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I shudder to think what this country will look like in 10 years time. I won’t be anywhere near retirement, but I’m asking myself if we will still have a country, that is; a government in place, a population, geographic boundaries and sovereignty, all of which are elements that make up a State, a summation that is normally given by international politics scholars.

My thoughts, as you may all be aware, are borne from the obtaining scenario in this kingdom. I don’t think there is a need to delve on the obvious, being the ‘stalemate’ regarding the diffusion of the political impasse in the country. It’s not funny anymore, there is certainly nothing amusing about everything nje.

Of course the killing of State security personnel is what has got everybody worried, and we are all squirming in our seats, beds or wherever, on who is next. I was reading a piece the other day, authored by Cliff Buchler in The Citizen (a daily newspaper in South Africa (SA), where he was sharing his thoughts about how murderers get away with their act while the victims and all concerned are left to pick up the pieces and try to move on with their lives. In fact, he was quite unforgiving about what he thought to be unjust and lax laws when it comes to murder.

Just an excerpt of what he wrote; “Murder is the unlawful premeditated killing of one human being by another. And when found guilty, the punishment in SA is life imprisonment that may last for the remainder of the offender’s life. It’s a harsh sentence in any book and surely should act as a deterrent. Wrong. It has been proved beyond doubt to be a dismal failure. There’s no denying that our nation has become a killing field…….I know murder has become common in every sector – homes, offices, schools, pubs, churches and the streets. Bullets, knives, hatchets and poison are the tools used to commit wanton executions………It’s as if murder has been demystified, accepted as just another crime. It’s as if we have been mesmerised by an unseen evil magician found in Batman-like comics.”

As I mentioned earlier, Buchler was simply calling for tough laws to deal with the scourge of murder in SA. I couldn’t help but draw some similarities between the acts of murder in SA, driven by diverse elements, which could be femicide, robbery, removing evidence, etc. And Eswatini is not immune to this blight, save to say we have added another reason for killings, politics. Could we have avoided the addition of this pillar in the thousands of reasons why people kill each other? Of course yes. Was there a reason to allow the political situation in this country to reach such a boiling point? Of course no. Can we still do something about the situation? Of course yes. By no means am I justifying the killing of any citizen but from my perspective, we could have avoided this.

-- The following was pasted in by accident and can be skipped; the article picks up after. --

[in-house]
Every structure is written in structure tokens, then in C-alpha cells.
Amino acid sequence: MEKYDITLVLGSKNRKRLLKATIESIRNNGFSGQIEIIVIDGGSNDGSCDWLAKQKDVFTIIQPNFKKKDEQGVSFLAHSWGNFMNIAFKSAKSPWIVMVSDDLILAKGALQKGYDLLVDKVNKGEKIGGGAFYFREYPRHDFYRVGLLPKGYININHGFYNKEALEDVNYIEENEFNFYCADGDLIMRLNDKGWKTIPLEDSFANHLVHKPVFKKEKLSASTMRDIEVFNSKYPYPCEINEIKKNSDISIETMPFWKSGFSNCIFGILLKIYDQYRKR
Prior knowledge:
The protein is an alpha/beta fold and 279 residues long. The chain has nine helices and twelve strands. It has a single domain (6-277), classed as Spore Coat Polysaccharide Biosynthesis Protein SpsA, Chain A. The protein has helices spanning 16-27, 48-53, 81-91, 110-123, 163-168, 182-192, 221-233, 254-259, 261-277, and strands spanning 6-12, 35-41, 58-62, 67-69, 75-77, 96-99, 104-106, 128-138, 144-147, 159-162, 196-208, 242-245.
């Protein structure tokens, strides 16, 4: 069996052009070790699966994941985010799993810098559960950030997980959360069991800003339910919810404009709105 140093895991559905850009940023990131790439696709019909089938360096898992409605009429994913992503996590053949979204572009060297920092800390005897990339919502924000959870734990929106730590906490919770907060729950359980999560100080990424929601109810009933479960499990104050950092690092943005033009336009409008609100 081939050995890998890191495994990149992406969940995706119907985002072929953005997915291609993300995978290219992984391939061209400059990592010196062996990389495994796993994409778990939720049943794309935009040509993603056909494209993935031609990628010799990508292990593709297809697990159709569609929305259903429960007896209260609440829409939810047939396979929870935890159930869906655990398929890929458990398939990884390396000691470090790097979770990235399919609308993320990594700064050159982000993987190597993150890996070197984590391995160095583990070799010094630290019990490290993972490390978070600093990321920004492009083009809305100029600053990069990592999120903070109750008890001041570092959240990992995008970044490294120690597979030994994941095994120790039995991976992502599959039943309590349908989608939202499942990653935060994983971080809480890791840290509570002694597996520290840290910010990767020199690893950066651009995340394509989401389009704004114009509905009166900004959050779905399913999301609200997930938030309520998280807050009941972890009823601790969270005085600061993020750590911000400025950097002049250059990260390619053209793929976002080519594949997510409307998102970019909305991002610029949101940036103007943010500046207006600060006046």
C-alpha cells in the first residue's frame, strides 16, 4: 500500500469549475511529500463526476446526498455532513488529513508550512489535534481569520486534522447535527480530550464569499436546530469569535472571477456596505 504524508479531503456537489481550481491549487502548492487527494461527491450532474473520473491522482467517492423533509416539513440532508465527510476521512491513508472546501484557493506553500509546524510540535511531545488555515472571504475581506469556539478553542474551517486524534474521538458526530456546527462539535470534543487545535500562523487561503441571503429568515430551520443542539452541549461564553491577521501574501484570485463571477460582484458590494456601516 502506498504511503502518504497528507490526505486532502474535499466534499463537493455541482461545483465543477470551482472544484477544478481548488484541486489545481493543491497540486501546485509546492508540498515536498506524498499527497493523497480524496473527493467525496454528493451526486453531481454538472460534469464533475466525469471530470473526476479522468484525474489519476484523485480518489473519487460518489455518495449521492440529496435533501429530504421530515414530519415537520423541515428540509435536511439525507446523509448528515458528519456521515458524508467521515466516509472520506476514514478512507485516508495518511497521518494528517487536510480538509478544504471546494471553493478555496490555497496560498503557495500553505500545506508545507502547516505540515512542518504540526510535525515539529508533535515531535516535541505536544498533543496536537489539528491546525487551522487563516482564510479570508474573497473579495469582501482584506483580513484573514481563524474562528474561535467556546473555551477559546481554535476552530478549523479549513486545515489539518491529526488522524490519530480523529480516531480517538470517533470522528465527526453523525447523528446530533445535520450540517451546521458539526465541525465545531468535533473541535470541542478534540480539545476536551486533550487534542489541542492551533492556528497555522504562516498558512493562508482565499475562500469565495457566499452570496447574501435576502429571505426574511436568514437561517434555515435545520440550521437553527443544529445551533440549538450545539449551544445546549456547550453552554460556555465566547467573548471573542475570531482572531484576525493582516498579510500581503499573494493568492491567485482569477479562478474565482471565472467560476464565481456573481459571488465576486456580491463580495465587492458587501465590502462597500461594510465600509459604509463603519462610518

The Catholic Church, earlier this week, through Bishop Jose Luis Gerardo Ponce de Leon, shared its apprehension and concerns regarding the delayed national dialogue. When speaking to a news agency of the Vatican City in Rome, Italy, the bishop said his summary of the current state of affairs in the kingdom was ‘uncertainty’. I couldn’t agree more with him. On one hand, government wants an end to the violence and holds a strong belief that there would not be any talks until the situation normalises. But will things ever be normal? As a nation, we have already started this abnormal trajectory and from the look of things, it is yet to get worse.

On the other hand, we have those calling for democratic reforms who have also shared that they will not back down until their demands are addressed. So which should come first in such a situation? The debate is still ongoing on that one. However, certain promises were made that I think should be kept. Just like the bishop noted in his interview with the news agency, government, since the riots broke out, has wanted to appear to be taking care of social problems and has tried to improve basic services and roads. He says there is a political cry that goes beyond the social cry and will not be heard. He noted the risk of His Majesty King Mswati III, who is going into ritual retirement in a couple of months and will not meet the public until early next year, coupled with the fact that elections are imminent and it remains unknown if the dialogue will be held prior to going to the polls.


Maybe it’s high time government rethinks its stance regarding the pending dialogue. From my limited knowledge, it won’t hurt to listen to the other side and, at least, start the conversation other than this stalemate that is causing grief to everyone concerned. The avoidance of engaging in dialogue has allowed other illegal elements to invade and take advantage of the impasse. Crime has become the new norm, and the victims are blatantly told that the police will not come to their rescue. Resources that would otherwise be put to good use have been channelled to rebuild structures that were burnt during the unrest last year and more protective gear will be bought for the State security personnel.

Why are we reacting to a situation that could possibly be avoided? Already, government has voiced out its concerns regarding the devastating effects left by the COVID-19 pandemic, of taking care of about 5 000 children left orphaned following the demise of one or both of their parents due to the deadly flu. This has just added to the many woes that we face as a country.  Something has to give, we cannot pretend things are normal when you are scared to send your teenage child to shops or to school or even attend huge gatherings. Can we be relieved from this misery already? Can someone show leadership and act decisively. The issues on the table will not vanish into thin air, they will not be easily thrown in the garbage bin like a piece of rubbish, someone has to say or do something!

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